Date of Award


Degree Name

Master of Arts




Kenneth C. Yang


The growth of the U.S. Hispanic population and its purchasing power over the past twenty years continues to be monitored closely by corporate interests anxious to gain market share and brand loyalty of the segment that now represents the largest minority group in the country. Marketers continue to look for competitive advantages in effectively communicating targeted messages to Hispanics in order to increase revenues and profits.

This study focused on the historically dominant mass-reach medium of television and explored concepts of acculturation theory to examine the effects of acculturation sub-dimensions on TV commercial language preference and attitudes among Hispanic audiences of Mexican descent. Defined by its geography and bi-national history, the area along the Southwest U.S. - Mexico border in which the study was conducted provided a rich representation of Hispanic individuals, predominantly of Mexican descent, who belong to three different consumer groups that consume both English- and Spanish-language media: the fully-acculturated Hispanic, the partially-acculturated Hispanic, and the non-acculturated Hispanic. By examining a sample of this population under the illumination of previous research literature, the study sought to explore relationships between language use, ethnic identity, and TV commercial language preference and attitude. Moderating effects of gender, generation in the host culture, and bilingualism are also examined. Discussion of findings and the study's limitations are presented and the implications for future research are outlined.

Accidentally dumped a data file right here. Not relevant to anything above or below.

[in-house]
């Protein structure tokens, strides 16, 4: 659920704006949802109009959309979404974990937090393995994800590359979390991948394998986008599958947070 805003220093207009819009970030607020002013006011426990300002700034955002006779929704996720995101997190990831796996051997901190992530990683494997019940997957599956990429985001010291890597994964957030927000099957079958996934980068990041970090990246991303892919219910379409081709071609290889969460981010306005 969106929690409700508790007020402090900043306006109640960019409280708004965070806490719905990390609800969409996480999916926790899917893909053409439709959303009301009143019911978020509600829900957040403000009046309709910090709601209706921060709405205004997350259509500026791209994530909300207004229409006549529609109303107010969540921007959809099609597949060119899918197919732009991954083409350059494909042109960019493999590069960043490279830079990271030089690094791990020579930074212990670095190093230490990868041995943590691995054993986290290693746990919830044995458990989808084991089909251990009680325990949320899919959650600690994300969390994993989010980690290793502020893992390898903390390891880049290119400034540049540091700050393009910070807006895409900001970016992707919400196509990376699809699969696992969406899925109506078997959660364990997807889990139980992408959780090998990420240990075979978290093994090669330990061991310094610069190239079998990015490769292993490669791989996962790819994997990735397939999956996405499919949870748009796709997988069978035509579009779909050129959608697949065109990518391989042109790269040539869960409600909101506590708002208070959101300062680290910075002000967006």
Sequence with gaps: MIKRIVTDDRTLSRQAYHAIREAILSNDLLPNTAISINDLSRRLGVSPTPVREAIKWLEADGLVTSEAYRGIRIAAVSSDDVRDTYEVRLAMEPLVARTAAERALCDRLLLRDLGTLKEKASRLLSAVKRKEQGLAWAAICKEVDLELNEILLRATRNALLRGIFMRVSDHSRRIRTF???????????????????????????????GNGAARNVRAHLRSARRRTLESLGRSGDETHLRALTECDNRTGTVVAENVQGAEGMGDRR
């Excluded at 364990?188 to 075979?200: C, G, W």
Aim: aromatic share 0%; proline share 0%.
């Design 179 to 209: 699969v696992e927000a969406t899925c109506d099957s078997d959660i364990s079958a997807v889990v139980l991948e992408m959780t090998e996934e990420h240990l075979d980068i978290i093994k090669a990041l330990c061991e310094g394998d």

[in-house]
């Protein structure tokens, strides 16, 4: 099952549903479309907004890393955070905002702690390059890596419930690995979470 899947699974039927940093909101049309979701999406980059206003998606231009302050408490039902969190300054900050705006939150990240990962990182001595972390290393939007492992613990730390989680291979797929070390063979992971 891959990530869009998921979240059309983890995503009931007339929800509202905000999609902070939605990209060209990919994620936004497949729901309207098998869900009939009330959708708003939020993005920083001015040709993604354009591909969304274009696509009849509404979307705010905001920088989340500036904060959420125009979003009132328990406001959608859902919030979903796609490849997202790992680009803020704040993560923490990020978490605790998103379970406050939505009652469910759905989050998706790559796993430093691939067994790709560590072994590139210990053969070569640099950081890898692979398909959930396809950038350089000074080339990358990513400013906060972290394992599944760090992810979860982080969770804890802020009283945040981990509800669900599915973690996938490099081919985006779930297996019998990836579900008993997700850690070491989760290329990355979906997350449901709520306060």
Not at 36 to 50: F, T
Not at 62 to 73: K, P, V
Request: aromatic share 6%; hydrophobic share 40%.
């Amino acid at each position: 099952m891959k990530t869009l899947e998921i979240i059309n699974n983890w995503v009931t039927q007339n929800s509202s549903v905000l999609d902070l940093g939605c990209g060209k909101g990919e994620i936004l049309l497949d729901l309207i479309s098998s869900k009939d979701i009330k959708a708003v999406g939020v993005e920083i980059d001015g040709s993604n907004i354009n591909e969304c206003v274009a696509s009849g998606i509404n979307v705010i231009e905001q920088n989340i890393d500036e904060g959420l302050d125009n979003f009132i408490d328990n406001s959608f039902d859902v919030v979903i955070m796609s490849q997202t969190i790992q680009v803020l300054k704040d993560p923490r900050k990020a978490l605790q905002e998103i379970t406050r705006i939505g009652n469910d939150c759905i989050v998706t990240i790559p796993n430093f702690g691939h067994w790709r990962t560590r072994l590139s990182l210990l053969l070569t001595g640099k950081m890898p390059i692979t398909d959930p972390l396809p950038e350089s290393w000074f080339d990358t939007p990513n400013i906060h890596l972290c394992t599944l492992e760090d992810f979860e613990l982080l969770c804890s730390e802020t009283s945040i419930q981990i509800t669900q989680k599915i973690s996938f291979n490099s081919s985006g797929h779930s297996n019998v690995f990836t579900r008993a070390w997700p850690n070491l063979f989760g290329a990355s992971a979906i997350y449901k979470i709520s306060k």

Received from ProQuest

File Size

161 pages

File Format


Rights Holder

John Burton